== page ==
Argument Preview: California Cannabis Coalition et al. v. City of Upland
The California constitution subjects tax increases proposed by a local government to vote at a general election, but does this requirement also apply to an initiative measure proposed by the people themselves? The particular provision of the California constitution at issue, Article XIIIC, section 2(b), added by Proposition 218 in 1996, does not indicate whether or not it also applies to initiative measures. The Court of Appeal decision under review in this case found that this provision did not govern initiative measures. Therefore, under this reasoning, initiative measures do not need to be submitted to a vote at a general election.
Viewed from 20,000 feet, one can see there are two plausible ways to approach the absence of clear instruction as to whether initiative measures are covered by this provision. One might argue that there is a deep principle of California law that the people’s power of initiative is to be jealously guarded and thus the judgment of the Court of Appeal should be affirmed. On the other hand, one might argue that Proposition 218 was clearly intended to make it harder to raise taxes. And permitting votes on initiative measures to raise taxes at special elections would make it easier to raise taxes (at least assuming the limitations added by Proposition 218 are effective).
The (somewhat simplified) facts of this case seem to be as dry as the question presented, even though they involve cannabis. The California Cannabis Coalition wanted to place an initiative on the ballot at a special election. The measure arguably imposed a tax on medical marijuana dispensaries and so the City argued that the measure must be put on the ballot at a general election, per the state constitutional rule governing the imposition of taxes.
This case has been much written about in tax circles and drew multiple amicus briefs, almost all arguing that the special Proposition 218 rules should govern initiative measures. Among the amici making this argument are the strange bedfellows The California League of Cities and the California Taxpayer’s Association. Indeed, the City is represented by the Howard Jarvis Taxpayer’s Foundation. On the other side, the high-powered firm of Munger, Tolles & Olson wrote an amicus brief on behalf of the San Diego Chargers in support of the California Cannabis Coalition.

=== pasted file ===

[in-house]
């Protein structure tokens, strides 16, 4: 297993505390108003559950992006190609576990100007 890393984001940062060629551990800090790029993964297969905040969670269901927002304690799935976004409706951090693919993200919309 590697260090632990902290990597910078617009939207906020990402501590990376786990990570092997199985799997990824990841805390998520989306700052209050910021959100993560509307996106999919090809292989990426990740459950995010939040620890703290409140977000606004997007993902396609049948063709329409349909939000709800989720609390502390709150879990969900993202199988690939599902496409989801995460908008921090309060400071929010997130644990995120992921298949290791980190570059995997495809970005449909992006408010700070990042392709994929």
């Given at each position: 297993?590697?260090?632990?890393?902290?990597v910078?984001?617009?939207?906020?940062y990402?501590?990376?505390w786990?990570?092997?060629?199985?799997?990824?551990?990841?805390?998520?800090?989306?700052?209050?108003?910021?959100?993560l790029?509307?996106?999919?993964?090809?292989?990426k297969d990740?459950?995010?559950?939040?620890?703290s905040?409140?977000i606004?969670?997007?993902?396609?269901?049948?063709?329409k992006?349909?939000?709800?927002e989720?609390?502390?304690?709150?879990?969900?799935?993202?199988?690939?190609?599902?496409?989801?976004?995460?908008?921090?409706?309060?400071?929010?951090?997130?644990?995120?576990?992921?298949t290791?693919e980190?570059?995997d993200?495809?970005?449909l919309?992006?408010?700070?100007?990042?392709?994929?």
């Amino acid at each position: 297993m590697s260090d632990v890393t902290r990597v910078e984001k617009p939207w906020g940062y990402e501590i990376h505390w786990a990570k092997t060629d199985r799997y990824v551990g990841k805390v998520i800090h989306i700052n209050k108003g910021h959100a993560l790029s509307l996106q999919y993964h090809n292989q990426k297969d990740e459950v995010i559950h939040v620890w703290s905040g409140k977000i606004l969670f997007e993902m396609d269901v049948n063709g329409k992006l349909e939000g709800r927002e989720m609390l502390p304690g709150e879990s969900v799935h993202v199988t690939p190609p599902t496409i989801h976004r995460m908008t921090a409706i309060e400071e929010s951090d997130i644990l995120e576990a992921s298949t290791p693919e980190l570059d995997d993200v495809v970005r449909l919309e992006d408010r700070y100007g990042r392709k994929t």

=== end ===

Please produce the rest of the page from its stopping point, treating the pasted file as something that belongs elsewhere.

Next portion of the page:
What then is really going on here? Proposition 218 does not just require that all measures imposing a tax be voted on at a general election. It also requires, crucially, a two-thirds supermajority for the passage of special taxes. This is a high hurdle. If the strictures of Proposition 218 do not apply to initiative measures, then this is a way for the people to tax themselves with only a majority vote. Imagine the residents of a so-called sanctuary city opting to increase their taxes to counter a loss of federal funds.
Given this broader context, it is easy to understand the interest of advocacy groups that are generally hostile to taxes. Apparently the cities are not happy about the Court of Appeal’s ruling because they are worried about losing relative control; the cities will have their revenue measures limited by Proposition 218 but initiatives from the voters will not be so limited. And the Chargers, well, they are apparently interested in getting some help from the public in financing a new stadium and a lower threshold for a tax initiative measure would likely be very helpful. That is, it will be easier to get a majority of San Diego residents to back a tax to help the Chargers, but much harder to get a supermajority.
As indicated, I think the text can be mustered to support either position. Furthermore, the legislative history of the ballot measure, such as it is, contains passages supporting both sides. Proposition 218 was certainly about limiting taxes, but also about limiting taxes by making sure that the voters—not just local politicians—get to vote on taxes. Therefore, the case will be decided on the basis of the background principles that the court brings to its analysis and in particular the importance of the power of the initiative.